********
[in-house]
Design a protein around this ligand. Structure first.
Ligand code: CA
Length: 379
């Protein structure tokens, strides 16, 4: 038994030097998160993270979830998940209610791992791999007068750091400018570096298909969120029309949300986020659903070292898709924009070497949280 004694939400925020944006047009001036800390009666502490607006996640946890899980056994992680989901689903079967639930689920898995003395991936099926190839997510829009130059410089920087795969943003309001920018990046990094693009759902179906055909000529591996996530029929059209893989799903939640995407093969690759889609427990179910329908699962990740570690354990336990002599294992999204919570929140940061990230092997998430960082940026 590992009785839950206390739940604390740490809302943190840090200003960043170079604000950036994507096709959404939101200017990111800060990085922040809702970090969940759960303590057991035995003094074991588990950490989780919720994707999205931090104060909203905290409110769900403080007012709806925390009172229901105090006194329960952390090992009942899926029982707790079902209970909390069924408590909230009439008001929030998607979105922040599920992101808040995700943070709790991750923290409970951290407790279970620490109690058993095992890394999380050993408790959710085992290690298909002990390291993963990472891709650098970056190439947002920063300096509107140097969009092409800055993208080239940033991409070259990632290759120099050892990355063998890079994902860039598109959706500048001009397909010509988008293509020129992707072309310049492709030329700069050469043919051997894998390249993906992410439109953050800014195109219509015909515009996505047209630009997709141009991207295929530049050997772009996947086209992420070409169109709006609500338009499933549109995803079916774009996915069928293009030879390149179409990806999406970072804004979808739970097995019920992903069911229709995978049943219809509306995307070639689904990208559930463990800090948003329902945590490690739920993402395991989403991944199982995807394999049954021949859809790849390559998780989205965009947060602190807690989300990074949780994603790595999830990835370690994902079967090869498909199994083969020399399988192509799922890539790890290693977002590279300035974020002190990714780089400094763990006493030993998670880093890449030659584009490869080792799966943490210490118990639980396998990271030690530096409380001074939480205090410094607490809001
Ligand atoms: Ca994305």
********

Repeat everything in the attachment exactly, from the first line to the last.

[in-house]
Design a protein around this ligand. Structure first.
Ligand code: CA
Length: 379
């Protein structure tokens, strides 16, 4: 038994030097998160993270979830998940209610791992791999007068750091400018570096298909969120029309949300986020659903070292898709924009070497949280 004694939400925020944006047009001036800390009666502490607006996640946890899980056994992680989901689903079967639930689920898995003395991936099926190839997510829009130059410089920087795969943003309001920018990046990094693009759902179906055909000529591996996530029929059209893989799903939640995407093969690759889609427990179910329908699962990740570690354990336990002599294992999204919570929140940061990230092997998430960082940026 590992009785839950206390739940604390740490809302943190840090200003960043170079604000950036994507096709959404939101200017990111800060990085922040809702970090969940759960303590057991035995003094074991588990950490989780919720994707999205931090104060909203905290409110769900403080007012709806925390009172229901105090006194329960952390090992009942899926029982707790079902209970909390069924408590909230009439008001929030998607979105922040599920992101808040995700943070709790991750923290409970951290407790279970620490109690058993095992890394999380050993408790959710085992290690298909002990390291993963990472891709650098970056190439947002920063300096509107140097969009092409800055993208080239940033991409070259990632290759120099050892990355063998890079994902860039598109959706500048001009397909010509988008293509020129992707072309310049492709030329700069050469043919051997894998390249993906992410439109953050800014195109219509015909515009996505047209630009997709141009991207295929530049050997772009996947086209992420070409169109709006609500338009499933549109995803079916774009996915069928293009030879390149179409990806999406970072804004979808739970097995019920992903069911229709995978049943219809509306995307070639689904990208559930463990800090948003329902945590490690739920993402395991989403991944199982995807394999049954021949859809790849390559998780989205965009947060602190807690989300990074949780994603790595999830990835370690994902079967090869498909199994083969020399399988192509799922890539790890290693977002590279300035974020002190990714780089400094763990006493030993998670880093890449030659584009490869080792799966943490210490118990639980396998990271030690530096409380001074939480205090410094607490809001
Ligand atoms: Ca994305």